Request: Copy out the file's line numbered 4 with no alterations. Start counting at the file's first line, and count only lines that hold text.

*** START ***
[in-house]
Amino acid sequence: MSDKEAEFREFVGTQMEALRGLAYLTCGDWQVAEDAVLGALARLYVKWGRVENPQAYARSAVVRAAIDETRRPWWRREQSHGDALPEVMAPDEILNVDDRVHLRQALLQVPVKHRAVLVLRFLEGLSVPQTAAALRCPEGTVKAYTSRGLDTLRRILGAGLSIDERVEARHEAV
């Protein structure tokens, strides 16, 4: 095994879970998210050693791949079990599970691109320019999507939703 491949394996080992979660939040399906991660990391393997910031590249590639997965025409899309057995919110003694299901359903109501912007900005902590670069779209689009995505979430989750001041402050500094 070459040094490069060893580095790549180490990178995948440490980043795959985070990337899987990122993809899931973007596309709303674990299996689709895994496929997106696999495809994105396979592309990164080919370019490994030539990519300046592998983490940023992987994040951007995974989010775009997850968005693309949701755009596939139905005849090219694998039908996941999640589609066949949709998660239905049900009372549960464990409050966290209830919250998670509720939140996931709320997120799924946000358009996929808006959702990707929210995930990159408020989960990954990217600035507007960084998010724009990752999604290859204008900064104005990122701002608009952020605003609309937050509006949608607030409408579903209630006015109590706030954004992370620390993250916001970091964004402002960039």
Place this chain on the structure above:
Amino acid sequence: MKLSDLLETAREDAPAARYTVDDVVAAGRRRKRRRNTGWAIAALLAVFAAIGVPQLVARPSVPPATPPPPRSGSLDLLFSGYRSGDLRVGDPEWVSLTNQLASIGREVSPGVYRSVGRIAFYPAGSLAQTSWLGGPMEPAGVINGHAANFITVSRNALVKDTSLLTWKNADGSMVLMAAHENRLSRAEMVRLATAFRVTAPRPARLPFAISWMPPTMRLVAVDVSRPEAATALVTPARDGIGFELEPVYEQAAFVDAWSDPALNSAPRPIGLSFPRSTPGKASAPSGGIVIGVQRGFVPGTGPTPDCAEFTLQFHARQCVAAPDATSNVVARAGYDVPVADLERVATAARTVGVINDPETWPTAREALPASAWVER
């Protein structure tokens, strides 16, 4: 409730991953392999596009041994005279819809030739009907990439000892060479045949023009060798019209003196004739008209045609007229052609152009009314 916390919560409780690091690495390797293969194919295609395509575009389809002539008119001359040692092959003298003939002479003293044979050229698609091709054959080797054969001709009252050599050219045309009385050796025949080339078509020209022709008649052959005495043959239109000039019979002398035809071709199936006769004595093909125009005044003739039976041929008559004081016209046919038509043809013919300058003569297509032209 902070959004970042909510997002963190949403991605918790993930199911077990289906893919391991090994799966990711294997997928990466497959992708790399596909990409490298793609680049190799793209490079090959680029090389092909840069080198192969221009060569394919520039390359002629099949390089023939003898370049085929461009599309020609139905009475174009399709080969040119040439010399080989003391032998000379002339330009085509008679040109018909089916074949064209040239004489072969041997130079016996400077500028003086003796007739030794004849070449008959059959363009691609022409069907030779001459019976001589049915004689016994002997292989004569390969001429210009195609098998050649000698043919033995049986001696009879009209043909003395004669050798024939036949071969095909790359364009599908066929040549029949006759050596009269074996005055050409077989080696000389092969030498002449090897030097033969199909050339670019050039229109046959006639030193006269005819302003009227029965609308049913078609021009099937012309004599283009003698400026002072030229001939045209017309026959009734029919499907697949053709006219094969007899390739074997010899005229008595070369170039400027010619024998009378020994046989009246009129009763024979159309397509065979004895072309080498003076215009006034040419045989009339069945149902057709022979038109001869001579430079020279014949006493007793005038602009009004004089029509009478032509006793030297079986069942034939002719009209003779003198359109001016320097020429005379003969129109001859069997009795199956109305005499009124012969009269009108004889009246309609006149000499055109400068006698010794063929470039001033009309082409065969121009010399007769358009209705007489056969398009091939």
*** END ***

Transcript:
Place this chain on the structure above: